dixiecupdrinking wrote:Yup. Same for NYU's. Sounds like Michigan basically just got complacent and didn't adjust to the new realities of ITE quickly enough. And the anon poster's right, it's inexcusable.
This is the kind of school-specific info that it would be great to have as a 0L.
I think it very much was the bolded. Generally speaking, I've had solid interactions with our OCS. I know some people that love certain members of the office for the advice they've given them and will recommend these people to anyone. And I know some people that consistently express their disappointment with the office. To what degree this perception is caused by the individual's current job-search status is unclear, but I've noticed that at least some degree of correlation seems to exists, even if it's not determinative.
Apart from those general impressions from members of the c/o 2012 (and my generally positive opinion of them), Michigan's OCS has definitely dropped the ball in some areas. I believe that they legitimately want to help their students (and do for a large number of them), but they really need to recognize these areas and correct them soon:
1.) Not telling students how many rooms each OCS employer has requested is probably not the best decision. They've attributed this to the fact that they're working to get employers to reserve more rooms (which I'm sure is true), but that's no reason to not provide the present information to give students a rough estimate. Another argument may be that students will try to game the system based on the number of interviews rather than selecting the firms they actually want to work at. While this may be true, students (and not OCS) should be the ones deciding whether increasing their chance at landing any job is preferable to landing a job at a specific firm.
2.) The school does not release the firms you have been scheduled with until just a few days prior to EIW. Again, they attribute this to their attempts to secure more interviews. Once again, it means students who are in their target markets for their summer cannot contact the particular law firm(s) they're interested in and request interviews once they find out they haven't been selected. I cannot fathom an explanation for why the harms of releasing the information earlier outweighs the benefits, and this drew significant complaints this year. As far as I'm aware, Michigan's OCS still hasn't fixed this. In my mind, this is by far the most damaging of OCS's policies.
3.) OCS does not provide any information on the number of screeners to callbacks to offers for particular firms. This information may be of questionable value for any given student, but I would still want to know if only 10% of my school's students are receiving callbacks at a particular firm, rather than 40%.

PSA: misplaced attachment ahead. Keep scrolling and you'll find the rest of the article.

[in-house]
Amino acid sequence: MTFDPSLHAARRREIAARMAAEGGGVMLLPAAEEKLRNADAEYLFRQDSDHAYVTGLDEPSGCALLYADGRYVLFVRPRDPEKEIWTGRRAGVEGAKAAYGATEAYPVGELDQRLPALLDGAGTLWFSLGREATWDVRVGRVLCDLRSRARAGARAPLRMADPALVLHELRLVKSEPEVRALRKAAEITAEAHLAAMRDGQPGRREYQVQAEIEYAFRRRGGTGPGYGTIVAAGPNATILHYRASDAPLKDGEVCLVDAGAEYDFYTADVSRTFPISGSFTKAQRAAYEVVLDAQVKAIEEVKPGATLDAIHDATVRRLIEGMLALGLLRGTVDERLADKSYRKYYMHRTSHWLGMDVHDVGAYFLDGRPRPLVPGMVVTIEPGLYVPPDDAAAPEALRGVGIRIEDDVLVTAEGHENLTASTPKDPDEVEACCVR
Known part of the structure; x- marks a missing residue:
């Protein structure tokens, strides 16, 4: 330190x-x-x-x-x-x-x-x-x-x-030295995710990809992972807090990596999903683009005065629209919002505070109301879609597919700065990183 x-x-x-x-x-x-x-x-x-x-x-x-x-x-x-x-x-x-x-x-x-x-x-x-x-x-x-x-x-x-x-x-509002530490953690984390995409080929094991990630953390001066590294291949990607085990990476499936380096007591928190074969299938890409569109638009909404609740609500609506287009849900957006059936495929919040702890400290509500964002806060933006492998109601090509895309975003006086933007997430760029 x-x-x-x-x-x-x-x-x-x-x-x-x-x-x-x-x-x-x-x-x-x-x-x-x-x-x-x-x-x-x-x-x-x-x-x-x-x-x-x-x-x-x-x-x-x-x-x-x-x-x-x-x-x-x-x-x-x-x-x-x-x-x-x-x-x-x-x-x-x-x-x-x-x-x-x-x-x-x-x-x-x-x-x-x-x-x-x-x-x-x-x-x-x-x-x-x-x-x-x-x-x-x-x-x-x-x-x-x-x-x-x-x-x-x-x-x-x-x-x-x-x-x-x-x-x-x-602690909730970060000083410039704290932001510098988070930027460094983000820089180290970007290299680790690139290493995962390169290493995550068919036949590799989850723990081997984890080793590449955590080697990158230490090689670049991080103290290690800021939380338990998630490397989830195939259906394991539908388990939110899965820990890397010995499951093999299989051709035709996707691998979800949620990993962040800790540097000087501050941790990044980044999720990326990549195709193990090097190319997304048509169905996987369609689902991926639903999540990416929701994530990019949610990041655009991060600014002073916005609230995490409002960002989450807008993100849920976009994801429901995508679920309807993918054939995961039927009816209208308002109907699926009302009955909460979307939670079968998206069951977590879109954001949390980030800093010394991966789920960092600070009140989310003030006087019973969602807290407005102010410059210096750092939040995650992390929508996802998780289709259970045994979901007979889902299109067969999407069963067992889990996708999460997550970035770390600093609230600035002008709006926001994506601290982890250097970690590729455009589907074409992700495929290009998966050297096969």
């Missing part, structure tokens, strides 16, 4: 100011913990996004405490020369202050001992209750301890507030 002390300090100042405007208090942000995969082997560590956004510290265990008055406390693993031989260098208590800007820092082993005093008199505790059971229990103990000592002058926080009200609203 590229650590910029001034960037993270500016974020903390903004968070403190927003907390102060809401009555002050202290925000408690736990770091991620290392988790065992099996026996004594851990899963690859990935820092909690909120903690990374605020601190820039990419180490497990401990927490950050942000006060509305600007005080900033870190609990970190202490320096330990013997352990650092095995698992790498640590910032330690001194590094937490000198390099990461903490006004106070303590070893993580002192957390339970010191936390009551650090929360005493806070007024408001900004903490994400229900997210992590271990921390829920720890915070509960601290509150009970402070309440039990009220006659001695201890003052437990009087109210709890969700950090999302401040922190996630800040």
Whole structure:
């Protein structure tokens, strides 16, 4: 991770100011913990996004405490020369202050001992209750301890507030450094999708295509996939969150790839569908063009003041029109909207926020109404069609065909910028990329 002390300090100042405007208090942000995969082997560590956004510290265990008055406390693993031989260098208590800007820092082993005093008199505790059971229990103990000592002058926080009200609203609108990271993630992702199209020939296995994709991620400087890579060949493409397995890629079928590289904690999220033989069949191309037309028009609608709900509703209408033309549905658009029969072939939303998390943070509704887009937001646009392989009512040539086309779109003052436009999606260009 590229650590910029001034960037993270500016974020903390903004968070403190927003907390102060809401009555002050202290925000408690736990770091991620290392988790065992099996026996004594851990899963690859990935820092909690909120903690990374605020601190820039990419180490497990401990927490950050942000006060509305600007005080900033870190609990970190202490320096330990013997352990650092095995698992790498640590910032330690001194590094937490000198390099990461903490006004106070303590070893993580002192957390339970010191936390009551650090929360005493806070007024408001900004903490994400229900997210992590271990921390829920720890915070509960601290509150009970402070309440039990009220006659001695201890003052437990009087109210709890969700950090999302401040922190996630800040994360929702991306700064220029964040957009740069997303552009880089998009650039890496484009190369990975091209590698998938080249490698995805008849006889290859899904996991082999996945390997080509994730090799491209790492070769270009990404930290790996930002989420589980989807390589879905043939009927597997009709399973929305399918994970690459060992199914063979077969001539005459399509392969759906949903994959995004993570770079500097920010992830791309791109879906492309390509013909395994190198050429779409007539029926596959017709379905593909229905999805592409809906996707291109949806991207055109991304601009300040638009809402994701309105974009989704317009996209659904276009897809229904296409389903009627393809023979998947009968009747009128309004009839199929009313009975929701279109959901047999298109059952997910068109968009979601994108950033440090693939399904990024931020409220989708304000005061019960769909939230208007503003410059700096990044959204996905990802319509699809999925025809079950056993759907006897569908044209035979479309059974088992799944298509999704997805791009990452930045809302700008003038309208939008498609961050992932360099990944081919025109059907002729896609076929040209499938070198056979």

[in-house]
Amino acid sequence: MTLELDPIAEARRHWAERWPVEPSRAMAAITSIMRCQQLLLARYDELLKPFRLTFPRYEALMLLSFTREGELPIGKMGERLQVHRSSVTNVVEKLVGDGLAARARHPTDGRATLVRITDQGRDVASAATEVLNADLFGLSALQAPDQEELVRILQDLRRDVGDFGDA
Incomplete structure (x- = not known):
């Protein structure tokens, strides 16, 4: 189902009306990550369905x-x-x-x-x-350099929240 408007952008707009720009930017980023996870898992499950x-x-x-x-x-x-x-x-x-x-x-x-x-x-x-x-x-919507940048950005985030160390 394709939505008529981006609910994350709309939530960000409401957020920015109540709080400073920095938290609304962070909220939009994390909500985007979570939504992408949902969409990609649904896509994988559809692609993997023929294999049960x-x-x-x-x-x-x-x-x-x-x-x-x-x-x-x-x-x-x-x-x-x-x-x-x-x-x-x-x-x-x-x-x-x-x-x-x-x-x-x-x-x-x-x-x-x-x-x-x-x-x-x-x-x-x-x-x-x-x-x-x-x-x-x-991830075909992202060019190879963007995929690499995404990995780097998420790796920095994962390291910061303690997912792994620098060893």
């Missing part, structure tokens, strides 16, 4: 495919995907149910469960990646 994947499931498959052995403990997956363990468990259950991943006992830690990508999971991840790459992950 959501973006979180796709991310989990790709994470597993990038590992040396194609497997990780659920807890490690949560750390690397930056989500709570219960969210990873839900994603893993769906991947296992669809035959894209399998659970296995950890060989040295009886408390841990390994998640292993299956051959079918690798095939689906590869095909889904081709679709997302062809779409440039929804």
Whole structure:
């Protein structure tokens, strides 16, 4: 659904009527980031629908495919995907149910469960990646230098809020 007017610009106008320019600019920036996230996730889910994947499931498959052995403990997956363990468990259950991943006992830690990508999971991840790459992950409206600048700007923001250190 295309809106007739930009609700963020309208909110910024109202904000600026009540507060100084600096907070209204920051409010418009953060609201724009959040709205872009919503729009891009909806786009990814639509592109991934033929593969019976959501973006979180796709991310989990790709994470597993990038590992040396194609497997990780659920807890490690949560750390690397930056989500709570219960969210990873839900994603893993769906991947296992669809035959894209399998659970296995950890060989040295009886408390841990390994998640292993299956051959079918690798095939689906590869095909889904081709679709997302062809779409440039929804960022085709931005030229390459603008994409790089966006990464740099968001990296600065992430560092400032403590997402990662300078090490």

4.) As has often been mentioned on these boards, OCS provides data over a several-year span rather than by year. The purpose of the data, according to OCS, is to ensure that students have an idea of the relative selectivity of the firms, rather than viewing the information as if there's a certain cutoff that they need to reach for a firm. I think they might have a point here, as gauging the selectivity of a firm relative to its peers is valuable information and using c/o 2011's data, for example, will mean rather little for students from c/o 2014 doing EIW this fall. Even still, I personally would much rather have c/o 2011's data and know what an extremely conservative bidding strategy would look like, as compared to knowing how much easier some V10s were to land in 2006. In an attempt to protect students from misusing the information, OCS has failed to provide a resource that could be particularly valuable for those students who put significant time into their bidding strategies.
These four items are the big areas of concern that I have, and I wish our OCS would pay some attention to them. Even with those deficiencies, I've been satisfied with my experience with OCS. Of course, that's also information coming from somebody who was fortunate enough to end up at his first choice firm, so I might be slightly more happy with my outcomes than others within my class. It is still rough out there for students, and Michigan's OCS needs to be actively revising their policies to assist their students. I think one look at this thread should be motivation enough for OCS to see that they will very quickly begin losing admits to other peer schools if they believe they can be complacent.